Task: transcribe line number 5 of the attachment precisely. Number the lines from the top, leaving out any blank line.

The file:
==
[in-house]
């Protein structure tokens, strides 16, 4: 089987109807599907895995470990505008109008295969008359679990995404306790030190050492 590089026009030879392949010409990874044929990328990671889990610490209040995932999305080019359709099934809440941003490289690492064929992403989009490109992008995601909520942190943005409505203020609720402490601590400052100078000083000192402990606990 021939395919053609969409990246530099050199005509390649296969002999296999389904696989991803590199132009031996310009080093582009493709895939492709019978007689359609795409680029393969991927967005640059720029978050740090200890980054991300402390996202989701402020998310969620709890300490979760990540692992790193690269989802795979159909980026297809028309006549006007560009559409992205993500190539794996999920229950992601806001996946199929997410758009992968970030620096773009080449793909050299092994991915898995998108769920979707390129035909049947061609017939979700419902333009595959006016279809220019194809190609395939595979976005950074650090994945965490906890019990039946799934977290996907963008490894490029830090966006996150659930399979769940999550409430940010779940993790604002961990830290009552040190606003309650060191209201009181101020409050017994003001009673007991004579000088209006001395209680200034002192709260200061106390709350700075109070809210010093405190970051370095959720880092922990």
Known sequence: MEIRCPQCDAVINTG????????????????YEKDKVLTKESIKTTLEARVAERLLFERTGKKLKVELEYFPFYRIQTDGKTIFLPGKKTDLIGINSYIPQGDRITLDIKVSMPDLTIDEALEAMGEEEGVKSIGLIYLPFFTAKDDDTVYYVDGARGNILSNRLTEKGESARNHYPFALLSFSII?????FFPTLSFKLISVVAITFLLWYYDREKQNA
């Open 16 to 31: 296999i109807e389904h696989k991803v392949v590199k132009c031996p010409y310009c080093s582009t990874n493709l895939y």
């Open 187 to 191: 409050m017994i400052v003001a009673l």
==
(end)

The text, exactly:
């Open 187 to 191: 409050m017994i400052v003001a009673l």